Written bySriram Veera
“Who is that?” It wasn’t the best attempt at the banter that Hyun Jung-hwa had tried. She was 21, she had learnt from the television news that she had to play together with Li pun-hui from North, and she found Li “wasn’t a particularly adorable person”, and the two weren’t able to break the icy relationship at the start of a month-long camp when she decided to try that humour. Li Bun-hui used to always wear the then North Korean dictator Kum II-Sung’s badge that prompted that banter. “She blew her top!” Hyun would say later.
It wasn’t an easy time to say the least, not just for the young women, but for the two countries in general to be indulging in the ping-pong diplomacy. Just four years earlier, North Korean agents had blown up a South Korean plane, killing all 115 people on board, and the relations weren’t great when this peace step was attempted after five months and 22 rounds of discussions. Hyun’s second attempt at peace proved much better. She began calling Li, a year older than her, as elder sister in the Korean language. Li still replied with a cold “comrade” but the relationship started to get better as curiosity about the other (country) took over. A sudden illness helped. Li didn’t turn up for practice one day as she was hit by hepatitis. “My heart ached,” Hyun said in an Associated Press interview in 2012.
“I started hoping Li would get better and do well for her country”. It was the beginning of a most unusual friendship. Similar culture, language, food, and boyfriend talk began to help. They would eat gochujang (red pepper paste), and chats became more frequent: “We shared the same food – and our feelings,” Li said. “We speak the same language. We are the same people. We are Korean. We all had the same goal: to win.”
That they did, against all odds. Not many gave them chance against China, but the “Korea” team of Hyun, Li, Hong Ch-ok, and Yu Sun-bok won the gold medal after taking the tie 3-2. In South Korea, back then, Hyun was considered a sportsperson who had tremendous control over her emotions: her face would hardly betray her real feelings, and was known only to shout “Fighting” during tense moments – and she was known for her come-from-behind victories. But after the final match on April 29 1991, the ice-queen melted. “ I rarely cry but on that day, I cried with my nose running.” The video footage is quite startling. More than 100 reporters swarm around them, cheering and emotional about the significance of that unified moment. “Worried that we might be injured, our team managers had to escort us to the locker room.”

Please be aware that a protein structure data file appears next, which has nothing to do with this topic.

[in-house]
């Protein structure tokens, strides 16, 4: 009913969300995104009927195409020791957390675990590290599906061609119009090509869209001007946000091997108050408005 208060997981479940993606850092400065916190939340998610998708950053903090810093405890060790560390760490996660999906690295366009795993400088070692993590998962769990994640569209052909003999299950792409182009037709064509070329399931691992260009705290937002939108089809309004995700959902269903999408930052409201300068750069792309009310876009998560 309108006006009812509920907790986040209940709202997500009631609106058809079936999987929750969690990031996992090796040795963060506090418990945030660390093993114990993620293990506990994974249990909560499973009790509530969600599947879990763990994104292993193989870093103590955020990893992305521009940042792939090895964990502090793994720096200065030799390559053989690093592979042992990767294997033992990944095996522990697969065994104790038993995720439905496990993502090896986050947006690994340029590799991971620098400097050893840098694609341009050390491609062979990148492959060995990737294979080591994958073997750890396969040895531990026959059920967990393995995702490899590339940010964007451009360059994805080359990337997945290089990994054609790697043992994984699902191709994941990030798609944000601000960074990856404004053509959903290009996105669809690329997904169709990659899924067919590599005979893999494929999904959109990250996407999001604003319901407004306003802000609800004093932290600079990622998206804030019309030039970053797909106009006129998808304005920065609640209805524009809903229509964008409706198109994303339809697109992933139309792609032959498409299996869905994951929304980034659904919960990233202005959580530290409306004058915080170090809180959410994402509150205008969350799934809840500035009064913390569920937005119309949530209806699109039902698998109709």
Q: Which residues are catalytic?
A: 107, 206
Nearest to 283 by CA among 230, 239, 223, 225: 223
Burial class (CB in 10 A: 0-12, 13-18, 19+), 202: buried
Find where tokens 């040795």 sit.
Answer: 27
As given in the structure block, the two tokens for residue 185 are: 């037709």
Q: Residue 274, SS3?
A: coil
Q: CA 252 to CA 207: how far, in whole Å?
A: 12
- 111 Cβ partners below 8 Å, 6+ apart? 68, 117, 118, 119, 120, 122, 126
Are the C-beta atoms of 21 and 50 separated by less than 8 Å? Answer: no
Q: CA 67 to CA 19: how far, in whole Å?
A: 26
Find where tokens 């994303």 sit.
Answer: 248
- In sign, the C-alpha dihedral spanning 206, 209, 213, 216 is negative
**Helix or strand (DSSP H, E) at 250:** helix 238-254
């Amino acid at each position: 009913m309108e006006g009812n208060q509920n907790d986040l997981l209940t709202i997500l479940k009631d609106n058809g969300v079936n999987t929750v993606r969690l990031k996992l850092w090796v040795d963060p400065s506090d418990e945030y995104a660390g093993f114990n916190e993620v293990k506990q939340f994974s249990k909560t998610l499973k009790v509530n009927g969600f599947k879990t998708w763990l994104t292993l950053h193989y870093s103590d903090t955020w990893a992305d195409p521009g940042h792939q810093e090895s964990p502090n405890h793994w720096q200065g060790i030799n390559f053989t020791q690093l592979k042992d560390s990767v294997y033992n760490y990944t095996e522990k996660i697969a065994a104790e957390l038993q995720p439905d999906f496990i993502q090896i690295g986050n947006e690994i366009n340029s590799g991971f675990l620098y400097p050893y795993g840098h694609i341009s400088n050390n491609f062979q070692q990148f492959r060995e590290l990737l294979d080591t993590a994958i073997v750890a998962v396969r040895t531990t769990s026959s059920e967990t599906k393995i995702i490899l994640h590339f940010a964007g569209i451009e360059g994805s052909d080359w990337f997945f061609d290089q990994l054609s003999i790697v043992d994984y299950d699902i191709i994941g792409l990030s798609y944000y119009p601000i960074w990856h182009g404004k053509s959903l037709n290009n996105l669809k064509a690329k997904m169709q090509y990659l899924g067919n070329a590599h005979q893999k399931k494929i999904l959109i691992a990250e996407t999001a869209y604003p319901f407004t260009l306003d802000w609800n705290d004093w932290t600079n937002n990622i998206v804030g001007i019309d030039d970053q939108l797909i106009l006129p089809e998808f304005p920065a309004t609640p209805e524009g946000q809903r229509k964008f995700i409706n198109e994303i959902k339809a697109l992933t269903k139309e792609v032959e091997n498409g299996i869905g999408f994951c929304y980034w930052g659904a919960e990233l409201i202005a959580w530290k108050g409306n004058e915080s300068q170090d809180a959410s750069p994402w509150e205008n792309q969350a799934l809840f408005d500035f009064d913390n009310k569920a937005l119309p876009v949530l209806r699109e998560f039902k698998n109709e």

It wasn’t just South’s Hyun who was moved, Li, too, knew the historic situation she found herself in. “For 50 days, 24 hours a day, we lived together as one, trained together, slept in the same room, and ate all our meals together.”
Hyun had taken up Table Tennis as her father was a club TT player, but who fell sick, and died before she made it to the national team. She played the game for her mother, who was initially opposed to her playing a sport but Hyun won her over by winning. She was driven by the need to help her mother financially.
As the celebrated careers of both women wound up, their paths diverged. As an athlete who was a training-maniac, Hyun couldn’t initially adjust to the emptiness of post retirement. She would wake up at 6 am and wonder what to do. Eventually, she signed up for a English-learning course. “For the first 6 months, I felt as I was walking on air. I didn’t know what I was living for … I continued to feel depressed.” Table Tennis helped her recuperate. She took up coaching, and normalcy returned. Out in the North, Li was having tough times as well. She suffered from meningitis and had a disabled child. She began working for a disabled people’s organisation. For years the two hadn’t met as the countries had returned to hostilities, though the two had parted ways as friends in 1991. Hyun had taken off her ring, and presented it to Li who gifted a souvenir painting of Pyongyang. In 2011, Hyun would run into a diplomat who rekindled the memory through a photo. “The British ambassador in Seoul who had visted North Korea gave me a picture of himself taken with Li Bun-hai.
She has put on a lot of weight. She looked so young and innocent before.” A year later, when Li was asked about Hyun: “I miss her very much” and talked about how she still cherishes that ring. They finally met at the PyeongChang Paralympics earlier this year, and one wonders whether even they would have thought that the sport the two loved so dearly would yet again form the bridge between the two countries, so soon. History is calling, and the two ladies, more than most, know what it all feels.
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